A new study being presented at the Society for Maternal-Fetal Medicine’s annual meeting, The Pregnancy Meeting , in Dallas, Texas reports that women who’ve undergone one prior delivery via c-section seem to know little about the risks and benefits associated with undergoing a second cesarean. Not only that but, when it comes between choosing an elective c-section over a trial of labor, the choice between the two for the woman was strongly affected by the preference of their medical provider.
Trial of labor after a c-section has been found to have an overall success rate of 60-80% and is considered a very reasonable option for most women. Despite this, it’s been noted that the majority of women (who would be eligible for a trial of labor) still choose to undergo an elective repeat c-section. The researches hypothesized that this was due to poor education of the women on the benefits and risks of both options.
The study looked at a total of 155 women and the results were pretty interesting.
The researchers collected data using women who presented at the hospital for delivery between November 2010 and July 2011 — each had a history of one c-section delivery and were eligible for a trial of labor. Using their consent the women were asked to fill out a questionnaire – either before their elective c-section or after being admitted for their trial of labor.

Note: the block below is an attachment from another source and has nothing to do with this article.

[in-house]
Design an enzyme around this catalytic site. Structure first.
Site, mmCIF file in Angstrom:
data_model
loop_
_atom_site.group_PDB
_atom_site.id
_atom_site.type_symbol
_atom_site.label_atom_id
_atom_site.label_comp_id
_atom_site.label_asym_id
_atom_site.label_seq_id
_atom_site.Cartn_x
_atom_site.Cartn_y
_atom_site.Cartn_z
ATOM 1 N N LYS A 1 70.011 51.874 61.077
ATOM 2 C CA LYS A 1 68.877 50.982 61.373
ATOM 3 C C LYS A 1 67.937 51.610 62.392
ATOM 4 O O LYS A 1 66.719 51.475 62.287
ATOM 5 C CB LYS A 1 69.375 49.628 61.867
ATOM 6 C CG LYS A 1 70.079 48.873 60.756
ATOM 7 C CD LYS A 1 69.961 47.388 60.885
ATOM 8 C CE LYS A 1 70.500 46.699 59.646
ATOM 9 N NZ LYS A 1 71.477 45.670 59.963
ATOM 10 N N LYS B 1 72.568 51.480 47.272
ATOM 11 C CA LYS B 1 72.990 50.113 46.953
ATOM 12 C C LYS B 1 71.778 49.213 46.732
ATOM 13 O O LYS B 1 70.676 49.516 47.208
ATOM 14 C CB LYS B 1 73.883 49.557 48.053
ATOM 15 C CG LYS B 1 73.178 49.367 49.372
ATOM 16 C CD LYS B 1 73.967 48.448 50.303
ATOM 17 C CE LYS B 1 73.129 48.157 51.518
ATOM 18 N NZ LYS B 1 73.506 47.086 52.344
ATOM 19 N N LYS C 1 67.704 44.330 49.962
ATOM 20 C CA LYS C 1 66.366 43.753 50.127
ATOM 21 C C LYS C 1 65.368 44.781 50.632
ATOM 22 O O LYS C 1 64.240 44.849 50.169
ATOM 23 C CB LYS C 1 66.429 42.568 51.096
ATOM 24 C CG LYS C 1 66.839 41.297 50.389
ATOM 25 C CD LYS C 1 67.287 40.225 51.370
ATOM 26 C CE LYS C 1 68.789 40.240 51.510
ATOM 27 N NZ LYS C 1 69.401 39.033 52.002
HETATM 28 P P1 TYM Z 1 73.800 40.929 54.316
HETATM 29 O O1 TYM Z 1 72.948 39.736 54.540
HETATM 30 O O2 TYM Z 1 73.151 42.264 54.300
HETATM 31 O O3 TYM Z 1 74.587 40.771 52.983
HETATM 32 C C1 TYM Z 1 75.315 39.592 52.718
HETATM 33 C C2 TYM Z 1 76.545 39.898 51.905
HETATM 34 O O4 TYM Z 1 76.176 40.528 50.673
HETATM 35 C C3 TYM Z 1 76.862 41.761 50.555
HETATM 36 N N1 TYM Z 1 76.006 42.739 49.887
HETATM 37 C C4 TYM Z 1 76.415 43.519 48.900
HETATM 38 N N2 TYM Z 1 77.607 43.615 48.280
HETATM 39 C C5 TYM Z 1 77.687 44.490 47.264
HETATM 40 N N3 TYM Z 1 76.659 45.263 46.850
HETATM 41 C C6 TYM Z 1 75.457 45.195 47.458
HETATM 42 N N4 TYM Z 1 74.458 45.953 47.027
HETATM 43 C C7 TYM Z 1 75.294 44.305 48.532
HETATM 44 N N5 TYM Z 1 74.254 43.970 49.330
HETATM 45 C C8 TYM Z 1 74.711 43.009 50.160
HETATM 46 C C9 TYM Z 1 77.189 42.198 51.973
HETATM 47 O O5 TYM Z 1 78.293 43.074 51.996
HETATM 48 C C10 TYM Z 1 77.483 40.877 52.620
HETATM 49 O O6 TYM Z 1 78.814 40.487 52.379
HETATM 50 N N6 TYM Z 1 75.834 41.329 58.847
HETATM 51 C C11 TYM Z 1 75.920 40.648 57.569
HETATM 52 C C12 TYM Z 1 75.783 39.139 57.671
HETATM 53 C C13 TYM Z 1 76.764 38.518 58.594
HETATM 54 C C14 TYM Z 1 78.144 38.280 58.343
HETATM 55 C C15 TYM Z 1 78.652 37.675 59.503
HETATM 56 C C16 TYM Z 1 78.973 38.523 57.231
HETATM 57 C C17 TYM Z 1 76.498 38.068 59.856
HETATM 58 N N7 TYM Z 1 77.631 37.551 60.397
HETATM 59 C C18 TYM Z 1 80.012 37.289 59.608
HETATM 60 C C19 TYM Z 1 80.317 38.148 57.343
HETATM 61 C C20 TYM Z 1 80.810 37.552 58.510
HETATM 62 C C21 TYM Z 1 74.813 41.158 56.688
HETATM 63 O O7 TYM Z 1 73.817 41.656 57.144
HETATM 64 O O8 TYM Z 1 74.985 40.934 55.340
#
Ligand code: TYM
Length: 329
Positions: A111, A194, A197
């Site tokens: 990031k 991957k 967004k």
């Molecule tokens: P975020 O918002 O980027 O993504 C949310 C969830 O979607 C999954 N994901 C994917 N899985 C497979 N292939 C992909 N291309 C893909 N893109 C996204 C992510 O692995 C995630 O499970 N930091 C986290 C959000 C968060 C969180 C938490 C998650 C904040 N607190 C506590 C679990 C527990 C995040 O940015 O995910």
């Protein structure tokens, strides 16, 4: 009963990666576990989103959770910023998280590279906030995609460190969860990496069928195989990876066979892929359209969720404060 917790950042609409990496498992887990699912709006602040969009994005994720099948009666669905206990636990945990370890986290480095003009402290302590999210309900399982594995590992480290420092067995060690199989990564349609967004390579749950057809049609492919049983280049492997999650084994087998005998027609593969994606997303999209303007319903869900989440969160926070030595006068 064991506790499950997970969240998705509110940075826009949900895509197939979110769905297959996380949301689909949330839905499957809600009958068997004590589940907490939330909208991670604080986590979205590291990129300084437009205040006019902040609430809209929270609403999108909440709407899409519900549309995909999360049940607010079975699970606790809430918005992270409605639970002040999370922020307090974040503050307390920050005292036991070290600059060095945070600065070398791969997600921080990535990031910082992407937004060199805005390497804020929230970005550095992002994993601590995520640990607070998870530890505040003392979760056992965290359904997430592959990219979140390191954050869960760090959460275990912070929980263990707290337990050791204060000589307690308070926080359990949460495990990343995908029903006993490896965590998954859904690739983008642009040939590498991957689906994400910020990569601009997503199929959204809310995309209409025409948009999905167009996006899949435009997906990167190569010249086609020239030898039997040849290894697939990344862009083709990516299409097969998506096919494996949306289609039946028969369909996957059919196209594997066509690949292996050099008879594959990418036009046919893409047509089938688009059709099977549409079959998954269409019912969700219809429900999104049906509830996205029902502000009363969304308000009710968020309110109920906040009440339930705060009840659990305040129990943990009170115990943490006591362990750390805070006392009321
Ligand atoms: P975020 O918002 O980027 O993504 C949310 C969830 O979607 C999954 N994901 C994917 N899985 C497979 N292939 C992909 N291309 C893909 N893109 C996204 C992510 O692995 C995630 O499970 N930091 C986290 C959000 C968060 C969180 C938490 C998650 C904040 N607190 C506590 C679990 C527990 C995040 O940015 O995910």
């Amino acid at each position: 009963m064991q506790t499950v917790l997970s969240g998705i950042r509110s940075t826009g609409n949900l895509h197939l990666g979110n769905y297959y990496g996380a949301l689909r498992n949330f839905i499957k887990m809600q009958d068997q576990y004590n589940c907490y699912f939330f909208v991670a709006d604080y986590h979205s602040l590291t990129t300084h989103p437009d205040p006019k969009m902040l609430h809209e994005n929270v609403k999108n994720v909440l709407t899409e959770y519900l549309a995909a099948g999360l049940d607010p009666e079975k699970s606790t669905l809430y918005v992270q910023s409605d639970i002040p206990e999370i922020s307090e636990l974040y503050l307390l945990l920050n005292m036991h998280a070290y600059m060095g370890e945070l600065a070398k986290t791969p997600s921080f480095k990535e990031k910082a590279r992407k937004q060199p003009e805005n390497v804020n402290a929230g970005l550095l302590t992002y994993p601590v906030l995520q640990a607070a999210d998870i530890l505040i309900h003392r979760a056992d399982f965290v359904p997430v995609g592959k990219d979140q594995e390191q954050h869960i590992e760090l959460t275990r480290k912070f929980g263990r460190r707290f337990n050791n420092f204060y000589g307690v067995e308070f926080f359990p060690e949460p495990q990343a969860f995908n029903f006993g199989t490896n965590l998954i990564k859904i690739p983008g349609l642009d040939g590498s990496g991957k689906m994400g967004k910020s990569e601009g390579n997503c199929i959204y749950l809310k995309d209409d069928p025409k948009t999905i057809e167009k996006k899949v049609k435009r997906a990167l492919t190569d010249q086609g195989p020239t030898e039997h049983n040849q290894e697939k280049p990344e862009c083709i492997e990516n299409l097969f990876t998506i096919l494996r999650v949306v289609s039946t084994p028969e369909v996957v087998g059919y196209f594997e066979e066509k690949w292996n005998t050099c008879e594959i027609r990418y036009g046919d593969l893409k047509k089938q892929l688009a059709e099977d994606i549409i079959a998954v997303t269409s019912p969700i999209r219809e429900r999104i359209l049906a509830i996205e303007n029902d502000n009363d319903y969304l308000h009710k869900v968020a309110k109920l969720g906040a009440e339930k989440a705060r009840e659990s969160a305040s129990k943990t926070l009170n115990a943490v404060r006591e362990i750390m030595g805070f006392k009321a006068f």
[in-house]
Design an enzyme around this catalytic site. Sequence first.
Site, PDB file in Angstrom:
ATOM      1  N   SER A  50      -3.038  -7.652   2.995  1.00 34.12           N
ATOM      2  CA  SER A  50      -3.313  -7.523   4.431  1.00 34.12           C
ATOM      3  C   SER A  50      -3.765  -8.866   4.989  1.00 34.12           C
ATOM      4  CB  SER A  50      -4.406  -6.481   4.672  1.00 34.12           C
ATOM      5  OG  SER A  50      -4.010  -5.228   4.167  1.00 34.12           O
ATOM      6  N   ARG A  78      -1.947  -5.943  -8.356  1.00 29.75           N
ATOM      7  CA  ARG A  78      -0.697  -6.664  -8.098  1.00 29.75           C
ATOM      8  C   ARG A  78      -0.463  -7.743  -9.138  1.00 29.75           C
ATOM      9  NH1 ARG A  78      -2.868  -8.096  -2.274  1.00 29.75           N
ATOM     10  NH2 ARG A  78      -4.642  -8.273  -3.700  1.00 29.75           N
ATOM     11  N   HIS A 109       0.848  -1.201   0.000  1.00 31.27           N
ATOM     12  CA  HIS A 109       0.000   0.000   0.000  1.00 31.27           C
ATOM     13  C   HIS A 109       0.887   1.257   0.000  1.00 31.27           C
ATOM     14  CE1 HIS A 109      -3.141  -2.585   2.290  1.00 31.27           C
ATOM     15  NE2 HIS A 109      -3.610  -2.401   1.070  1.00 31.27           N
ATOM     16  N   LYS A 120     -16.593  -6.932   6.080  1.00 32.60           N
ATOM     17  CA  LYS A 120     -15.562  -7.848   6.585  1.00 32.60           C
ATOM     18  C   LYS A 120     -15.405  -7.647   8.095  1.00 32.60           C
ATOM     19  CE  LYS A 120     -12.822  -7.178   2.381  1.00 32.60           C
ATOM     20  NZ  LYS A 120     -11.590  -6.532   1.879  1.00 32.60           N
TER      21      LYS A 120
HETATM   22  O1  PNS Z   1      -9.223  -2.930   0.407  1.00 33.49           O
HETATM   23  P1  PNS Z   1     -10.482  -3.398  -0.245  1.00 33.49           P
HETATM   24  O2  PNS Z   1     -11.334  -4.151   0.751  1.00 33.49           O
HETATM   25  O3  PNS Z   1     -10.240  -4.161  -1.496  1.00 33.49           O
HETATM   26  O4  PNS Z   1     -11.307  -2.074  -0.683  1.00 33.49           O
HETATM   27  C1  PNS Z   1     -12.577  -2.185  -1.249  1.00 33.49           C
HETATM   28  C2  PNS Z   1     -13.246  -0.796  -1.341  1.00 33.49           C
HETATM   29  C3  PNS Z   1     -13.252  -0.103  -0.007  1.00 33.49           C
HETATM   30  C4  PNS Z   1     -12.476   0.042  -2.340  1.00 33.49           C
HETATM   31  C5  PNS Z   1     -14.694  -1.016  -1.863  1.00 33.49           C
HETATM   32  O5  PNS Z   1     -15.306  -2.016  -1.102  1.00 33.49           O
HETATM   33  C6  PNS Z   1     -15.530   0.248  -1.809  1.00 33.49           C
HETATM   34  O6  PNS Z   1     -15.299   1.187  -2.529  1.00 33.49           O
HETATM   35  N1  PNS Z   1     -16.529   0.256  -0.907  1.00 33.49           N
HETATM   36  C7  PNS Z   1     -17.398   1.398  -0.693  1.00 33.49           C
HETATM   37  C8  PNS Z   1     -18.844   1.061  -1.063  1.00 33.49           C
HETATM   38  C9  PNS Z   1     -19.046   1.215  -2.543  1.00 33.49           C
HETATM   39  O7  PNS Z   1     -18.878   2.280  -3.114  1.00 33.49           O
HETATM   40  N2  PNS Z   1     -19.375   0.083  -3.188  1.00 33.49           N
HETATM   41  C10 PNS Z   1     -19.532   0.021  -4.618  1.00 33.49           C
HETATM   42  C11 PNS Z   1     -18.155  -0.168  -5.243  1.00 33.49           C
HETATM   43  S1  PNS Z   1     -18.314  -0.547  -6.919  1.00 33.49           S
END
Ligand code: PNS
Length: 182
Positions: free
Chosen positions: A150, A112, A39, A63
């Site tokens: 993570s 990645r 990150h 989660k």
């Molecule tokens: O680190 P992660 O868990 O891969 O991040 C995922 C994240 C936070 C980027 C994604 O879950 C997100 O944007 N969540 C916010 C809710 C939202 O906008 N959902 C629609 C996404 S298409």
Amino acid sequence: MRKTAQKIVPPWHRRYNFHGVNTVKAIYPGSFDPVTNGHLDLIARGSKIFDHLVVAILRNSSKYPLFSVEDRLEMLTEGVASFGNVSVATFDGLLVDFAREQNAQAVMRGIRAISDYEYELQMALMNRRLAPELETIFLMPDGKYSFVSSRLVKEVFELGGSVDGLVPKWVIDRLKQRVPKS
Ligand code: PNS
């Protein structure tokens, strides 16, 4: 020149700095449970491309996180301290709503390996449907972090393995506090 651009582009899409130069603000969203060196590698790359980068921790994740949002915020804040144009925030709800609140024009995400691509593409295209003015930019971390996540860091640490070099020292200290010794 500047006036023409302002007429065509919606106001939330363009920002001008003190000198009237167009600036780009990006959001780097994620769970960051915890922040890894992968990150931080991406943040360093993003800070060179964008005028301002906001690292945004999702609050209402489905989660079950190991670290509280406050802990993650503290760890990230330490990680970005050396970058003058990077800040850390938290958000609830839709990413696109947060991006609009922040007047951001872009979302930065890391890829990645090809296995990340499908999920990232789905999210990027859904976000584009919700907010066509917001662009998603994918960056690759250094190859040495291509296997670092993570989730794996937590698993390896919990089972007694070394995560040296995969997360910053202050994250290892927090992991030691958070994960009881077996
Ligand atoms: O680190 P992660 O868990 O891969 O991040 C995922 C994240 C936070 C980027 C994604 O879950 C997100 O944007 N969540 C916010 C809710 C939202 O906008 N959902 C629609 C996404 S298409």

Out of the 155 women, 87 women presented for a trial of labor and 68 opted for an elective repeat c-section. No differences were noted in education level, age, or provider type between the two groups. The study found that women in both groups had a clear lack of understanding of the risks/benefits for an elective repeat c-section vs trial of labor, and was particularly noted in the group who chose to undergo an elective c-section.
The statistic I find fascinating and shocking from this study is only 13% of the women who chose to have a trial of labor and 4% who chose to have an elective c-section knew the chances for a successful delivery — with the majority of the women in both groups stated they “do not know“.
Where doctors preferences come into play in what choice the woman makes regarding her delivery — it had a huge affect according to this study:
When patients perceived their providers as having a preference for ERCS [elective repeat c-section], only 4% chose TOLAC [trial of labor after c-section]. Conversely, 43% chose TOLAC when they thought that was their provider’s preference.
What the study concluded was that women who are strong candidates for a trial of labor after a c-section have very little knowledge on the risks and benefits of either choice and that their doctors preference (perceived or outright spoken) played a strong role in how they decided between the two.
:: Do you take your doctors advice strongly when it comes to how you will / how you have delivered your child? ::